A man cannot develop an iron will overnight. It takes months, even years to create the discipline needed to take on great tasks. If you feel you lack the willpower to achieve your goals, there’s no need to fret. Willpower is like a muscle. It can grow and become stronger with use. Just as you would start with light weights when exercising your muscles, start with small exercises of discipline in order to develop your willpower. Instead of making a goal to exercise every day for the entire year, commit to exercising 6X a week for the next thirty days. If you have trouble wasting time surfing mindless websites, make it a goal to devote 45 minutes to concentrated work. After the 45 minutes, give yourself a 15 minute break and surf the web to your heart’s delight. Repeat. After awhile, you’ll be able to work an hour without surfing the web, then an hour and a half, then two.

Once you develop your willpower in small areas, move to bigger ones. With time, you will forge a will that will allow you to accomplish any goal or obstacle placed before you.

Quit navel gazing and get to work. When it comes to making life changes, my generation has replaced good old-fashioned work with navel gazing. Instead of just putting your shoulder to the wheel and getting going, too many men think that a period of great reflection and meditation needs to be the first step. We sit and think and mull over how we got off track, reproach ourselves for it, have a little pity party, and try to diagnose exactly where we went wrong. Clint Eastwood recently had an interview with Esquire magazine that produced these magnificent nuggets of wisdom on the subject:

-As Jerry Fielding used to say, “We’ve come this far, let’s not ruin it by thinking.”

-We live in more of a pussy generation now, where everybody’s become used to saying, “Well, how do we handle it psychologically?” In those days, you just punched the bully back and duked it out. Even if the guy was older and could push you around, at least you were respected for fighting back, and you’d be left alone from then on.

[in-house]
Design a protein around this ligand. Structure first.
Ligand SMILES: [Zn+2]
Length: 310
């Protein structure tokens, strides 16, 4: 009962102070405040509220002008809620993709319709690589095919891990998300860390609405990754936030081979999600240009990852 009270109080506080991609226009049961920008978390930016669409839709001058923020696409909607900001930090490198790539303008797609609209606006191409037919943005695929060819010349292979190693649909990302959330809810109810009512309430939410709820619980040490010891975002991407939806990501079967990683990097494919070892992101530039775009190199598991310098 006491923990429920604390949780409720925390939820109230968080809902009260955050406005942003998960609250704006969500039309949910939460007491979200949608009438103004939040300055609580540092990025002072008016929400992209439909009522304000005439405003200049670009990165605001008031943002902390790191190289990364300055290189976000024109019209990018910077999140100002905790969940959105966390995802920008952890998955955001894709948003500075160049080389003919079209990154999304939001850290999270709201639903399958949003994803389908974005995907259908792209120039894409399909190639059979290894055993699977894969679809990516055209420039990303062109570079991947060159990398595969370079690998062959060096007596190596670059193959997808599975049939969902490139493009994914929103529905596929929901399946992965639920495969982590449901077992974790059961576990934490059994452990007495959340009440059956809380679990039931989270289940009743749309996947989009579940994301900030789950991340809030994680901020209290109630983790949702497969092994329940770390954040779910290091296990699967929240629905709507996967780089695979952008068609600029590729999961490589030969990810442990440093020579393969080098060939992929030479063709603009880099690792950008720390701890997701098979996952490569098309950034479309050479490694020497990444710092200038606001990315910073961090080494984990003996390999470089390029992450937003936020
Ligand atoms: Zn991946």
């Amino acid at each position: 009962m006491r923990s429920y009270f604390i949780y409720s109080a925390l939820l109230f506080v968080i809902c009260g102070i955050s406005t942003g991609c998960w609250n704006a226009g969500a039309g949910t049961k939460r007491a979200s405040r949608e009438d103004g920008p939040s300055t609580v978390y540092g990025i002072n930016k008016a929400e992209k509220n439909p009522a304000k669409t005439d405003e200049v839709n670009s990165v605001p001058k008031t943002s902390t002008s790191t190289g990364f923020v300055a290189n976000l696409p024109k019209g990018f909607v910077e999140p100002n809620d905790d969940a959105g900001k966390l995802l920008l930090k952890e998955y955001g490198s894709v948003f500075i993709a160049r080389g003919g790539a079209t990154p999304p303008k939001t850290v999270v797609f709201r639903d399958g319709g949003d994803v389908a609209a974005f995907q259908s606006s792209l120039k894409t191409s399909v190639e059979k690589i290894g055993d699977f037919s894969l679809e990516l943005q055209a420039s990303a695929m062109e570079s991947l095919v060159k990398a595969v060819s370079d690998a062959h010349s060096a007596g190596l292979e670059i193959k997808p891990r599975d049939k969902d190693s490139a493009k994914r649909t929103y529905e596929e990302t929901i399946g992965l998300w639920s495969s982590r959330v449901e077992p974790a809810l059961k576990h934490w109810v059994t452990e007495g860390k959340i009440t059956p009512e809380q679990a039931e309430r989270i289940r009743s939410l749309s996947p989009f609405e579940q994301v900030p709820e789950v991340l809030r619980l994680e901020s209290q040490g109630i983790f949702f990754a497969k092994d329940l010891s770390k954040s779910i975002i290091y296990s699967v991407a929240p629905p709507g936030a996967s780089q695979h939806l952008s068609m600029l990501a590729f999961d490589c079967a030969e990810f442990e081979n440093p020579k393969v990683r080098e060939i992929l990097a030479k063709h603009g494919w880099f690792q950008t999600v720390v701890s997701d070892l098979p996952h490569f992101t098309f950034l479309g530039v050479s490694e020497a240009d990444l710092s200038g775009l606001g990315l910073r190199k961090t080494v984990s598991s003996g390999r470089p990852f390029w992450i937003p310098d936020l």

-I don’t know if I can tell you exactly when the pussy generation started. Maybe when people started asking about the meaning of life.

-It keeps coming back to “We’ve come this far, let’s not ruin it by thinking.”

Eastwood carries his philosophy over into his filmmaking; he doesn’t do much rehearsal, he just expects the actors to bring their A-game, shoots the scene, and moves on. He doesn’t dwell on his insecurities or let self-doubt paralyze him into inaction. The problem with excessive navel-gazing is that many men never move beyond the pondering period to actually taking action. Life interrupts their thoughts, and they get distracted by other things. Then, 6 months later they realize they haven’t changed and go into another navel-gazing funk about the reasons why.

Quit over-analyzing and get to work. All of history’s great men have realized that hard work is the great “secret” of success. Thomas Edison would spend days in his laboratory working on a project. Frederick Douglas spent days on end crafting speeches and writing. Theodore Roosevelt lived the strenuous life by filling his time with hard mental and physical labor. These men didn’t sit around thinking about what they wanted to do, they just did it.

So instead of spending all your time trying to “find yourself,” simply decide the direction you want your life to move, set a course for yourself, and take actions every day that are align with your goals. That’s it.